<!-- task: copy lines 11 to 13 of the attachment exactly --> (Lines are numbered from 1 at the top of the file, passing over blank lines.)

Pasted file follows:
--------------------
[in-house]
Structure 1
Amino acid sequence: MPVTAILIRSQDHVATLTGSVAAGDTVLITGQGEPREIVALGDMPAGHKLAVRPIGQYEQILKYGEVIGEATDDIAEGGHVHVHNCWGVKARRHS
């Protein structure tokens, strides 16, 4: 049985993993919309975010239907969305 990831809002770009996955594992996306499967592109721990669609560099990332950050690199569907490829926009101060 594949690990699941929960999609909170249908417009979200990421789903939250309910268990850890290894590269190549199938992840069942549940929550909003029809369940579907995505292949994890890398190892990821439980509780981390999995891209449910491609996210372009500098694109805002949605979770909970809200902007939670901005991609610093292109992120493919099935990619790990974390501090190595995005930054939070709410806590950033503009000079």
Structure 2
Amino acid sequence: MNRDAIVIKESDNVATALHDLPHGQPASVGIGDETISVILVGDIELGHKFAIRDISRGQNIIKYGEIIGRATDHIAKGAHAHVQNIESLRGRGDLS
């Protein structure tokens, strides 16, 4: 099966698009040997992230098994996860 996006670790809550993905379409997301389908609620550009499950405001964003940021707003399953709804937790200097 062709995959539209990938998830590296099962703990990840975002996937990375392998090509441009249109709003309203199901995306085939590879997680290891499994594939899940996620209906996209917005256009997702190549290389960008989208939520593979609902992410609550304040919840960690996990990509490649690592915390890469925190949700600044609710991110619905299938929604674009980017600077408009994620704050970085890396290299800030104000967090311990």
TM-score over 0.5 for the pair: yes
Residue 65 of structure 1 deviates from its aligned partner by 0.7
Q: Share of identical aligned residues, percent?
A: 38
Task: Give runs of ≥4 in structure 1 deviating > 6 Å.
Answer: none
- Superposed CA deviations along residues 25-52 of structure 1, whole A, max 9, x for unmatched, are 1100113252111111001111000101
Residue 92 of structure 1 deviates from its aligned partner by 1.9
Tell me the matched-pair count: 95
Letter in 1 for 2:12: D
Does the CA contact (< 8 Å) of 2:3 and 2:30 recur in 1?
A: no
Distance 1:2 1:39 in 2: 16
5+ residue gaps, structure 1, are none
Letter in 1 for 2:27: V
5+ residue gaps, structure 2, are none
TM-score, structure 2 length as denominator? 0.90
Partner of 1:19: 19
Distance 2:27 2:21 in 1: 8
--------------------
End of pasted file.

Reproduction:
A: 38
Task: Give runs of ≥4 in structure 1 deviating > 6 Å.
Answer: none